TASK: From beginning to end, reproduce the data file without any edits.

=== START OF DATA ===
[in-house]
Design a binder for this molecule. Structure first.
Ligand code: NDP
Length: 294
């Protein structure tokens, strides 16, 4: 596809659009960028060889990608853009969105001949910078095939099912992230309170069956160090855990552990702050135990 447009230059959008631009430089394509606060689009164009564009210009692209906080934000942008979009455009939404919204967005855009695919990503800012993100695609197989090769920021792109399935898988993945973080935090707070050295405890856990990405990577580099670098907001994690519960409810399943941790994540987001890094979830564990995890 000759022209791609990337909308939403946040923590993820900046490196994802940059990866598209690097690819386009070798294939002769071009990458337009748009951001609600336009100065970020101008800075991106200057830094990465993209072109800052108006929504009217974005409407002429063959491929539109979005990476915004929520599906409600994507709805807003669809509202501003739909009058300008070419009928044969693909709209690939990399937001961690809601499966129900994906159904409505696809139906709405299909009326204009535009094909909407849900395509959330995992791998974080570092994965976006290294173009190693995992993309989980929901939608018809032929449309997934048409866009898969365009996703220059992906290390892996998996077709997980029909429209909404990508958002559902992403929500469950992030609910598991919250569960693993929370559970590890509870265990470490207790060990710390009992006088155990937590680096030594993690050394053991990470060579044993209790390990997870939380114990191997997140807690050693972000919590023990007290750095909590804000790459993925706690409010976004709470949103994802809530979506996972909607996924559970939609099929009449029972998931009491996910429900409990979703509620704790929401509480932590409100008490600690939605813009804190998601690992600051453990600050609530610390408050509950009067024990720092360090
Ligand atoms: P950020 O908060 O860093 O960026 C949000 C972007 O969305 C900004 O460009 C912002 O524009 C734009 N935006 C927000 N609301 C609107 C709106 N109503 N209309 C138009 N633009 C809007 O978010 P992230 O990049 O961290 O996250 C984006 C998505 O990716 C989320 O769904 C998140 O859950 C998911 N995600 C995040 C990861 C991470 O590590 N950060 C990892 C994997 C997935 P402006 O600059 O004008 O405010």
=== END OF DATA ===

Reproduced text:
[in-house]
Design a binder for this molecule. Structure first.
Ligand code: NDP
Length: 294
């Protein structure tokens, strides 16, 4: 596809659009960028060889990608853009969105001949910078095939099912992230309170069956160090855990552990702050135990 447009230059959008631009430089394509606060689009164009564009210009692209906080934000942008979009455009939404919204967005855009695919990503800012993100695609197989090769920021792109399935898988993945973080935090707070050295405890856990990405990577580099670098907001994690519960409810399943941790994540987001890094979830564990995890 000759022209791609990337909308939403946040923590993820900046490196994802940059990866598209690097690819386009070798294939002769071009990458337009748009951001609600336009100065970020101008800075991106200057830094990465993209072109800052108006929504009217974005409407002429063959491929539109979005990476915004929520599906409600994507709805807003669809509202501003739909009058300008070419009928044969693909709209690939990399937001961690809601499966129900994906159904409505696809139906709405299909009326204009535009094909909407849900395509959330995992791998974080570092994965976006290294173009190693995992993309989980929901939608018809032929449309997934048409866009898969365009996703220059992906290390892996998996077709997980029909429209909404990508958002559902992403929500469950992030609910598991919250569960693993929370559970590890509870265990470490207790060990710390009992006088155990937590680096030594993690050394053991990470060579044993209790390990997870939380114990191997997140807690050693972000919590023990007290750095909590804000790459993925706690409010976004709470949103994802809530979506996972909607996924559970939609099929009449029972998931009491996910429900409990979703509620704790929401509480932590409100008490600690939605813009804190998601690992600051453990600050609530610390408050509950009067024990720092360090
Ligand atoms: P950020 O908060 O860093 O960026 C949000 C972007 O969305 C900004 O460009 C912002 O524009 C734009 N935006 C927000 N609301 C609107 C709106 N109503 N209309 C138009 N633009 C809007 O978010 P992230 O990049 O961290 O996250 C984006 C998505 O990716 C989320 O769904 C998140 O859950 C998911 N995600 C995040 C990861 C991470 O590590 N950060 C990892 C994997 C997935 P402006 O600059 O004008 O405010």